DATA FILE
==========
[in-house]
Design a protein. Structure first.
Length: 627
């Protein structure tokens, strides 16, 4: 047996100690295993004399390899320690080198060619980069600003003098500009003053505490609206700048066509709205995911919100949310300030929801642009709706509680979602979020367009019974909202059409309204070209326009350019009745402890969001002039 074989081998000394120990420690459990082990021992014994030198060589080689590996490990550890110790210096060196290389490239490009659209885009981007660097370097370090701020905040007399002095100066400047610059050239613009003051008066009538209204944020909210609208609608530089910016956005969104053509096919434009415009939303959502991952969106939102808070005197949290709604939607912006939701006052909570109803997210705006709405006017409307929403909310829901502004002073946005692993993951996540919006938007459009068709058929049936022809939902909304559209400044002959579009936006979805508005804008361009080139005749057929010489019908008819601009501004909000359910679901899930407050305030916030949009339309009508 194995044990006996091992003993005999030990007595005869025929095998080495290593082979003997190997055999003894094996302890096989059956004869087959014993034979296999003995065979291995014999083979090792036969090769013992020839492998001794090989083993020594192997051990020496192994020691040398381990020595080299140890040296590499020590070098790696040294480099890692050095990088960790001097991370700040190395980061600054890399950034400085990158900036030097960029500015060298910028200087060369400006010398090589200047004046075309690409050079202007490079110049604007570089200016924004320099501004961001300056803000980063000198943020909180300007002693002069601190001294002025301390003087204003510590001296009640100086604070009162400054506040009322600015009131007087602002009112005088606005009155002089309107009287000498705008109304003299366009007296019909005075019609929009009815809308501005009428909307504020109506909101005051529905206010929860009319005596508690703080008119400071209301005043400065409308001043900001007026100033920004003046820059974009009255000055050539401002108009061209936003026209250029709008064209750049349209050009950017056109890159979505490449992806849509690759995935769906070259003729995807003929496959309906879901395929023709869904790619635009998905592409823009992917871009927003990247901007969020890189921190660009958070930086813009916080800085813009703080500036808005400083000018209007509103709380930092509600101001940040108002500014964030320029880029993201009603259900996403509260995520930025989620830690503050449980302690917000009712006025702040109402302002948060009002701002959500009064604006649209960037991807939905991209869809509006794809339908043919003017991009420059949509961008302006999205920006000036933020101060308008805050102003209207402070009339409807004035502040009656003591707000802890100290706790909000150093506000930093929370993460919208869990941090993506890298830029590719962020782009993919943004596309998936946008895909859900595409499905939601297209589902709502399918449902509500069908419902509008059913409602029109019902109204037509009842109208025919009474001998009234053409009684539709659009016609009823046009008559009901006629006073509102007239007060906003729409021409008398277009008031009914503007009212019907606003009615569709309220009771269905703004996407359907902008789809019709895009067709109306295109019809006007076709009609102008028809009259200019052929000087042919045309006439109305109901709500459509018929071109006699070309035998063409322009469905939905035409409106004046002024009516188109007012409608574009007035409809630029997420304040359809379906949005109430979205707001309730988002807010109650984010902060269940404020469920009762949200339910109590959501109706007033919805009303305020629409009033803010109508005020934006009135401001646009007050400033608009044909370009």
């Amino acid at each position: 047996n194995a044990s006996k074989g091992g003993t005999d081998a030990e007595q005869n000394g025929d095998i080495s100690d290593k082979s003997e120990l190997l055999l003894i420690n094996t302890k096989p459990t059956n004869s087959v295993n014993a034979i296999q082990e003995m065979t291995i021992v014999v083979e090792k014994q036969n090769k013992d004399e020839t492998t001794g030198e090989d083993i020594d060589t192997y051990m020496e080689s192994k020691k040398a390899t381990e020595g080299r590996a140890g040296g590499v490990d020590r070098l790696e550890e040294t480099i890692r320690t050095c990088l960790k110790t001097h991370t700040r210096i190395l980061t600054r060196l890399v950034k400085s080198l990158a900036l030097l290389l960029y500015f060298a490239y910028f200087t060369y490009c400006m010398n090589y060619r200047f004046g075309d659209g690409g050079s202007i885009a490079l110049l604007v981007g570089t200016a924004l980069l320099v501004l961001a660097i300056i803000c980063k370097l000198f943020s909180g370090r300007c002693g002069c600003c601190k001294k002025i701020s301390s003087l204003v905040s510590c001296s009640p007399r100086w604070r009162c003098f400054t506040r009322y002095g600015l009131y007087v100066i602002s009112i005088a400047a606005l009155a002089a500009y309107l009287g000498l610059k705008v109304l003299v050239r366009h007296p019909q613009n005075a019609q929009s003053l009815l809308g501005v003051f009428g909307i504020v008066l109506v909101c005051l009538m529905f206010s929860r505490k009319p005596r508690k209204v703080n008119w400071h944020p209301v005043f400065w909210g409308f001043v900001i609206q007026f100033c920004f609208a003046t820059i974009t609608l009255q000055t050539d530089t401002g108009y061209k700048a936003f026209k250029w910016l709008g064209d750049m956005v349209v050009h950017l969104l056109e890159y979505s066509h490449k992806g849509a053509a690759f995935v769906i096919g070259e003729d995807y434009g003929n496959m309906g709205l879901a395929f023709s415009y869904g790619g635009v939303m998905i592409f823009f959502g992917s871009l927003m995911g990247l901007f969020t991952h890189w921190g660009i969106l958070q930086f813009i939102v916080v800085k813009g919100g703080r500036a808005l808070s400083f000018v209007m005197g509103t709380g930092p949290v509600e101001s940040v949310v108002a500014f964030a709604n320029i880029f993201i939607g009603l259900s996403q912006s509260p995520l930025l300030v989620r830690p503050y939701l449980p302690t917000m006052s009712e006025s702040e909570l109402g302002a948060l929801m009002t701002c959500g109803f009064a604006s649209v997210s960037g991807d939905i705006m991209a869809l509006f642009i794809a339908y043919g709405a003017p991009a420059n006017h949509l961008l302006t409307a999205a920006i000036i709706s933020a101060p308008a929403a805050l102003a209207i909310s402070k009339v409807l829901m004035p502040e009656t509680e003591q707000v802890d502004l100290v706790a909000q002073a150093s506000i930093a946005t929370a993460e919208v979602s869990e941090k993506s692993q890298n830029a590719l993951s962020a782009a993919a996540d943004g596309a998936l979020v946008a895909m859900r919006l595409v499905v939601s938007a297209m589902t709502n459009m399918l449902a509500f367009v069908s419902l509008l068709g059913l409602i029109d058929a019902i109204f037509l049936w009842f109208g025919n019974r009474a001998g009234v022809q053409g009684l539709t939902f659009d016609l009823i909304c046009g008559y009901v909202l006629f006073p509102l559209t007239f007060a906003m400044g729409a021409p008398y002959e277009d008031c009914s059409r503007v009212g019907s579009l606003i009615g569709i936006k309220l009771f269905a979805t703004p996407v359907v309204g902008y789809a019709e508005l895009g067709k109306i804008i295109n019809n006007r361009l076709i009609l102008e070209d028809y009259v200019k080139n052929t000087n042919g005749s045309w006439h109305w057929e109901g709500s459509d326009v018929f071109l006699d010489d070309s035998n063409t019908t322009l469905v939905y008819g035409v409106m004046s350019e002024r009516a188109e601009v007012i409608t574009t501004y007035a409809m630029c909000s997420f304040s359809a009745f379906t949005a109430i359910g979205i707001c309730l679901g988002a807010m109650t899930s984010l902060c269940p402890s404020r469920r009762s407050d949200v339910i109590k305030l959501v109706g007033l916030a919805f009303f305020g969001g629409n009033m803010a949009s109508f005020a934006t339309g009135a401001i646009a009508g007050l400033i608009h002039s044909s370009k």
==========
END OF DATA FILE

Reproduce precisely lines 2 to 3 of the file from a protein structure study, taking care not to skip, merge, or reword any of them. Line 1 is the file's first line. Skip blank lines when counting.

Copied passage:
Design a protein. Structure first.
Length: 627